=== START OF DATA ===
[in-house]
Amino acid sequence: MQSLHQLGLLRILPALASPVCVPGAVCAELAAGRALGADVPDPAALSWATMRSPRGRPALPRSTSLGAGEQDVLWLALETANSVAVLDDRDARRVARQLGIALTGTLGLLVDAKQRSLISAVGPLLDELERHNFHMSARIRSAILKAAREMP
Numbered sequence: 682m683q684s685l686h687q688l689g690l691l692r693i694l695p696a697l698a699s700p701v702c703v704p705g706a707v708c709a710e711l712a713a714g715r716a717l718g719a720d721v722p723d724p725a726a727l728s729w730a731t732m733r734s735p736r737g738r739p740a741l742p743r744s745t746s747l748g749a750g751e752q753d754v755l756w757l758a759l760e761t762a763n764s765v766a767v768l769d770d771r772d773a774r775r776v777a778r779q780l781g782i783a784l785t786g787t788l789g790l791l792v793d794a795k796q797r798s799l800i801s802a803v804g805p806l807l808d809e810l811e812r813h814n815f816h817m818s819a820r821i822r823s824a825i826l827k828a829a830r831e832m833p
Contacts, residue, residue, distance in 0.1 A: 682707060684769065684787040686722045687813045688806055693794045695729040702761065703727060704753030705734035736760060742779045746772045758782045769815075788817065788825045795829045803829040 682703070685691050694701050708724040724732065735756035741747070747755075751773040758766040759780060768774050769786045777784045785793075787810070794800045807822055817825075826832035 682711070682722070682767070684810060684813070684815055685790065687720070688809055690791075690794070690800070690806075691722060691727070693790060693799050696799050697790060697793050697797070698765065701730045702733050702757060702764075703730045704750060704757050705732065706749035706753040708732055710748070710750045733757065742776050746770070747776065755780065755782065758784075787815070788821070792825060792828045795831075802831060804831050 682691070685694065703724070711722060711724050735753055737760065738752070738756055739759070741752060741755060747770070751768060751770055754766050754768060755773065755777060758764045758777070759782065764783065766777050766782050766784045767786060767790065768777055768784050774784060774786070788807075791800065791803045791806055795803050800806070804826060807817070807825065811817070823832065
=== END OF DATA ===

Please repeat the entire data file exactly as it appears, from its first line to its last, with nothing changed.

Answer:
[in-house]
Amino acid sequence: MQSLHQLGLLRILPALASPVCVPGAVCAELAAGRALGADVPDPAALSWATMRSPRGRPALPRSTSLGAGEQDVLWLALETANSVAVLDDRDARRVARQLGIALTGTLGLLVDAKQRSLISAVGPLLDELERHNFHMSARIRSAILKAAREMP
Numbered sequence: 682m683q684s685l686h687q688l689g690l691l692r693i694l695p696a697l698a699s700p701v702c703v704p705g706a707v708c709a710e711l712a713a714g715r716a717l718g719a720d721v722p723d724p725a726a727l728s729w730a731t732m733r734s735p736r737g738r739p740a741l742p743r744s745t746s747l748g749a750g751e752q753d754v755l756w757l758a759l760e761t762a763n764s765v766a767v768l769d770d771r772d773a774r775r776v777a778r779q780l781g782i783a784l785t786g787t788l789g790l791l792v793d794a795k796q797r798s799l800i801s802a803v804g805p806l807l808d809e810l811e812r813h814n815f816h817m818s819a820r821i822r823s824a825i826l827k828a829a830r831e832m833p
Contacts, residue, residue, distance in 0.1 A: 682707060684769065684787040686722045687813045688806055693794045695729040702761065703727060704753030705734035736760060742779045746772045758782045769815075788817065788825045795829045803829040 682703070685691050694701050708724040724732065735756035741747070747755075751773040758766040759780060768774050769786045777784045785793075787810070794800045807822055817825075826832035 682711070682722070682767070684810060684813070684815055685790065687720070688809055690791075690794070690800070690806075691722060691727070693790060693799050696799050697790060697793050697797070698765065701730045702733050702757060702764075703730045704750060704757050705732065706749035706753040708732055710748070710750045733757065742776050746770070747776065755780065755782065758784075787815070788821070792825060792828045795831075802831060804831050 682691070685694065703724070711722060711724050735753055737760065738752070738756055739759070741752060741755060747770070751768060751770055754766050754768060755773065755777060758764045758777070759782065764783065766777050766782050766784045767786060767790065768777055768784050774784060774786070788807075791800065791803045791806055795803050800806070804826060807817070807825065811817070823832065